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Due to exchange and house next door has burnt down...

(9 Posts)
bumbling Thu 16-Aug-07 21:04:42

Oh god what a nightmare. It's a victorian mid-terraced house, and the process has been fraught with difficulties already as the house we're buying is owned by elderly lady now in home, and nephew is selling it for her. It's already taken four months as newphew has no power of attorney so has to get (ongoing) court protection approval and now the house next door has burnt down. We were hoping to exchange in the next three weeks having waited all this time...

Burnt down house is also owned by eldery gent (he's fine I'm told). Upshot is neither are likely to have insurance. Property is perfect location, good schools lots of kiddie friends etc, but already involved tons of building work, but now we face lviing next door to a burnt out house potentially for years with rain pouring in through the roof onto what could be our internal walls etc. To add to the drama elderly gent was clearly a bit odd and firemeen could barely get in through the door as he'd colleced so much rubbish, bit like that guy out of Life of Grime a few years back on TV...

Solicotor says next job is to get surveyor back - more cash - to guage the damage and mortgage company amy refuse to lend given the damage. Should we go ahead or should we abandon, was already dreading the building works as it's verging on uninhabitable anyway...

Feeling so miserable this evening and any advice very gratefully received.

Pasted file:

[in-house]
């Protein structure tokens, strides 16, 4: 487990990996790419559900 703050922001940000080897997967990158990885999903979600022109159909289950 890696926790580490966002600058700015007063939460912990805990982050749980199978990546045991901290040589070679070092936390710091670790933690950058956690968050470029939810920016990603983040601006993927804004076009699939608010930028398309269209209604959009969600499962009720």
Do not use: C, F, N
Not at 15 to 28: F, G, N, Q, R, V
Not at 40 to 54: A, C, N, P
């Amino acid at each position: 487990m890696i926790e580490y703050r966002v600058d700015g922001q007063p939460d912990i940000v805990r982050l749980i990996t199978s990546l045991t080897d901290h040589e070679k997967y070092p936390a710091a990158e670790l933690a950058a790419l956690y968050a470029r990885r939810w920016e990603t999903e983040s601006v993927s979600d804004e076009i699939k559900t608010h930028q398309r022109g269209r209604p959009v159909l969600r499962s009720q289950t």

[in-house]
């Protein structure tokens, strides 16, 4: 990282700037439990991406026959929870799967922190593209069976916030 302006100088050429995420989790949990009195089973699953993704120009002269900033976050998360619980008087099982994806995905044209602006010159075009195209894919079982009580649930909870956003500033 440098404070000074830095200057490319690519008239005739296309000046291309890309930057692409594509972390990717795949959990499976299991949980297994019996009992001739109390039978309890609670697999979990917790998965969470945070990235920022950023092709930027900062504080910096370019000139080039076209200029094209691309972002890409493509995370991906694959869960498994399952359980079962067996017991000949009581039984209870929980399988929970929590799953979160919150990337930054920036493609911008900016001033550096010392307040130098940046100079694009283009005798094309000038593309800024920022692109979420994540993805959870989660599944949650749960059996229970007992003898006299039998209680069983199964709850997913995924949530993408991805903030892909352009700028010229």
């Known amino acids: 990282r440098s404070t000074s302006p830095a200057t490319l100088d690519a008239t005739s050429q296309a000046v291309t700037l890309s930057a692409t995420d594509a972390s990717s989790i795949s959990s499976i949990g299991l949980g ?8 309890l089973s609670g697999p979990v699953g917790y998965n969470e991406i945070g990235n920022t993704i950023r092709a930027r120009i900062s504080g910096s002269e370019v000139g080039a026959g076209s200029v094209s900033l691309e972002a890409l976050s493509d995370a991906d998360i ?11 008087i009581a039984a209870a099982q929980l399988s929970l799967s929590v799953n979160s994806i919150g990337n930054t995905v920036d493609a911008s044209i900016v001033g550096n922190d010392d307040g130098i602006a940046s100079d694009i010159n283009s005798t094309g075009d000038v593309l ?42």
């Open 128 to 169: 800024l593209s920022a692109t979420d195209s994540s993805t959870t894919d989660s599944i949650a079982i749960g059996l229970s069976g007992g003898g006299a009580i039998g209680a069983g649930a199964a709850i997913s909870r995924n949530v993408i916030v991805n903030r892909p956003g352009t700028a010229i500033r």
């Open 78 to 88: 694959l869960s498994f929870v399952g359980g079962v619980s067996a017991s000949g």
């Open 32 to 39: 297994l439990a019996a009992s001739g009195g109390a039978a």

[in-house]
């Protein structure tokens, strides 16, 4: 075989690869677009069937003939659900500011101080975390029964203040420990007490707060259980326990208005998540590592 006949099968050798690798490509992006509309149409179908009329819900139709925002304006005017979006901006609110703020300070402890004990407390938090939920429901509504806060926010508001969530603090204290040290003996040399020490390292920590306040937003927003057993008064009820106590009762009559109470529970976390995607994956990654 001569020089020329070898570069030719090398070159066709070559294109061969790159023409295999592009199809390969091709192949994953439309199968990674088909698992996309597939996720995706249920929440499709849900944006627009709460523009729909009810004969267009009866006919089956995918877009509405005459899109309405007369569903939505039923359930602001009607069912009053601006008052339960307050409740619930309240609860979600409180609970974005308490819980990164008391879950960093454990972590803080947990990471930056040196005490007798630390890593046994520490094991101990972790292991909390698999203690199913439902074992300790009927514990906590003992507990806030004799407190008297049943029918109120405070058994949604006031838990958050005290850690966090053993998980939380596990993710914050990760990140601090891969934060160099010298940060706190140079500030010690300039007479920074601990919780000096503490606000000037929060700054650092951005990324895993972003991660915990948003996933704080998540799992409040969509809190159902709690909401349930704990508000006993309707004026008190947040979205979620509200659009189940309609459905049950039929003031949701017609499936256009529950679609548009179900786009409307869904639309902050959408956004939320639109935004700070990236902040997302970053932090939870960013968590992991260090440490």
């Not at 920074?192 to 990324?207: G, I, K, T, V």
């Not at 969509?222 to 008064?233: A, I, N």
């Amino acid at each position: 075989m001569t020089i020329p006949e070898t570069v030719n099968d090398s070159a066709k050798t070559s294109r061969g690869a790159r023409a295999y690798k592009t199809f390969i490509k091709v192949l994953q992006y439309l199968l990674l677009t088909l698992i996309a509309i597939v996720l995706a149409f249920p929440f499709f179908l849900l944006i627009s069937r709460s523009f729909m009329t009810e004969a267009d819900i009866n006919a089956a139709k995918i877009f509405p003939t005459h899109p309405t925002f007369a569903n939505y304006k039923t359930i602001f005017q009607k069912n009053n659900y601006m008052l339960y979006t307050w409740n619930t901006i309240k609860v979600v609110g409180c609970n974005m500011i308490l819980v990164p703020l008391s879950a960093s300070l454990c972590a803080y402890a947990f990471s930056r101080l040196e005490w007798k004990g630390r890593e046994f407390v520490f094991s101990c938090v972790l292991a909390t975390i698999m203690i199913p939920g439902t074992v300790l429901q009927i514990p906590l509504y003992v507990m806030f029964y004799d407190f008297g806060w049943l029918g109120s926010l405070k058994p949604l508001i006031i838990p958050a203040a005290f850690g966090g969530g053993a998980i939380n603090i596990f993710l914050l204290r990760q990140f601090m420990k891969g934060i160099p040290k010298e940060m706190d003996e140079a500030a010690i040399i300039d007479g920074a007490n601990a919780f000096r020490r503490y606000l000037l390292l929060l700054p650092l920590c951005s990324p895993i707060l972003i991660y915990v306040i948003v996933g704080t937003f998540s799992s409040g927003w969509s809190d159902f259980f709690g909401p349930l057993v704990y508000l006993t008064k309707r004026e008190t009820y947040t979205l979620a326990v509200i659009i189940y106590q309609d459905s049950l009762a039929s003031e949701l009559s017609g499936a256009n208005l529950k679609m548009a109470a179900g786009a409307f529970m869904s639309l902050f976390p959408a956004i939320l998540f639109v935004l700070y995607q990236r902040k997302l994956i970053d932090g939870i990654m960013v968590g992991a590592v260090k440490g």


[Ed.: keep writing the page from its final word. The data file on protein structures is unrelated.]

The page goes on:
CatIsSleepy Thu 16-Aug-07 21:19:05

oh poor you
house buying is bad enough without all that.
It sounds like a potential nightmare tbh, would be tempted to pull out especially with all the other factors you mention...
sorry, not v. helpful I know

Califrau Thu 16-Aug-07 21:23:47

Message withdrawn at poster's request.

BigGitDad Thu 16-Aug-07 21:51:32

Check your buildings insurance as you may be covered even if your neighbour was not. By this I mean if you have incurred any damage or are about to as a result of the fire next door. If it is the case then the cover may be transferred between owners so as such the new owners will take on the existing policy with the insurers consent and knowledge that at some point soon a claim will be made. You do see this happen where subsidence is an issue.
Worth a try.

BigGitDad Thu 16-Aug-07 21:55:15

Oops just seen you say that the house you were buying may not have buildings cover. Hmm, some people are really not too clever.
You may be able in that case to significantly reduce the house price given the circumstances and as such get the house on the cheap.

phatcat Thu 16-Aug-07 21:59:44

if you were at an earlier, less committed stage what would you do? it doesn't sound an attractive prospect tbh and it's bound to affect the resale prosepects while next doors is in that condition. I'd walk - it's a buyers market at the moment.

bumbling Thu 16-Aug-07 22:01:57

Thanks for kind words, it's just crap really and I think I know in my heart and my head sadly, that we're going to have to ditch it.. Just don't want to admit it and feeling msierable. We're renting and have waited three years for property in right place to come up that we can afford, ie needs work and now it's all gone tits up...

bumbling Thu 16-Aug-07 22:03:01

Phatcat. Meant to say, very very good simple question. Has really made me go back to basics and the nub (sp?!) of the matter ...thanks for that.

tatt Thu 16-Aug-07 22:09:45

I'd negotiate a price reduction for the potential hassle or walk away.

The house you are buying should have insurance as the Court of Protection should require assets to be protected - but you'd need to check. You could possibly ask your solicitor to arrange that funds are withheld for, say , a year and you get to keep them for necessary repairs if the previous owners insurance doesn't cover anything needed.

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